MrsDrewe

MrDrewe8

Mrs Drewe: ‘It’s lunacy! You’ve lost your mind! Tell her.’
Mr Drewe: ‘It’s true. Marigold’s her daughter.’
Mrs Drewe: ‘It’s a lie! I don’t know what she’s holding over you, but you can’t let her get away with it!’
Lady Edith: ‘I have a copy of her birth certificate.’

and ended it in a final chilling madness made sense to Laura Carmichael who enacted the role:

It sort of felt like a long time coming that moment when it’s really exposed how unaware and indifferent Mary is to Edith’s grief even without knowing about Marigold her baby; the pressure would have been so intense and she’s sort of had enough by that point to have family members tell you that they don’t care [Cora, Lady Grantham has a groaning look that Edith has brought up the death of Grigson when Mary has had such a modern haircut] your heart and your happiness must be incredibly difficult

On my listserv a member was eloquent: “I did truly feel sorry for Mrs. Drewes and was glad to see she upbraided her husband for lying to her. Someone on the Downton Abbey fan page (“Spoilers here!” their page motto) scorned Edith as “bleating.”

I’d just been reading an intelligent essay in Leggott and Taddeo’s Upstairs and Downstairs by Andrea Wright on the popular semi-comedic costume dramas focusing on the recent shopping worlds of women, The Paradise and Mr Selfridge, comparing them to 1970s much more feminist The House of Elliot — the owners are women and not punished for risk-taking. But like Downton Abbey, these new costume dramas have lots of “good girl messages” — stay home, be obedient, don’t rock the values that supposedly sustain you and you’ll be safe, perhaps even happy. Well, without reading much against the grain we are shown 6 supremely good girls in this series (the 3 daughters, 1 cousin [Lady Rose aka Lily James, Cinderella herself] and Anna and Daisy), in the case of one denigrated since she was young for awkwardness, intelligence (she writes), what ambition she has, ugliness, “poor” Edith, has been made psychologically sick by obeying most of these messages. Yes she had sex outside marriage and now has paid not just big on it but been made much much sicker. 5:5 ends with her fleeing with her baby lest the grandmother and aunt manage to take the child to an orphanage and it ends on this (to anyone with an ear) chilling line: we’ll be so jolly together. Right. In an impersonal hotel room, baby with ice cream and mother with champagne.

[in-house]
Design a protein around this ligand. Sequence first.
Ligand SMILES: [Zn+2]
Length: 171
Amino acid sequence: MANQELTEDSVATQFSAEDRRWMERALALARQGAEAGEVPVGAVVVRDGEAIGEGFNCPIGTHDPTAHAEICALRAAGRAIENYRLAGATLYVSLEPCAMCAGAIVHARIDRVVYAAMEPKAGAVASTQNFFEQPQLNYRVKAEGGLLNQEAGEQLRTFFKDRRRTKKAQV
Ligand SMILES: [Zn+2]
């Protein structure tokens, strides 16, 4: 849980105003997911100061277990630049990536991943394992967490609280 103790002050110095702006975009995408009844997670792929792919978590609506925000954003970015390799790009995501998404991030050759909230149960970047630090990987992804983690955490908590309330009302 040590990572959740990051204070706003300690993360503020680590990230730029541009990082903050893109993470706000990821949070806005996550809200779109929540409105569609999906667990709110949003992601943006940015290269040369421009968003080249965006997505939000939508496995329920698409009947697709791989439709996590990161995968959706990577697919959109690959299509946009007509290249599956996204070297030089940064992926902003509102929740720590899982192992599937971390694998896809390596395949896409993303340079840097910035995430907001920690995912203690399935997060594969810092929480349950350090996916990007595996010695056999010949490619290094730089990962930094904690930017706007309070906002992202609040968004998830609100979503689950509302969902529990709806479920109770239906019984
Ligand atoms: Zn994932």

Over on two of the Downton Abbey facebook pages a favorite “fan fiction” thread finds viewers persisting in the theory that Lady Rosamund Painswick (Samantha Bond) is Edith’s mother: how else explain Cora’s absence of any deep feeling for her second daughter, no defense, no help, no observation, all at a distance — if she is the kind of woman who is not a natural mother then why so indifferent to her husband? Why insist he get back in bed with her? he obeys.

demanding (1)

Cora: ‘Because I’m telling you. Nothing happened.’
Robert: ‘I’ll tell you what did happen. You allowed him into your private life. A man who thought he could step into my place, just like that.’
Cora: ‘He thought it – and he was mistaken.’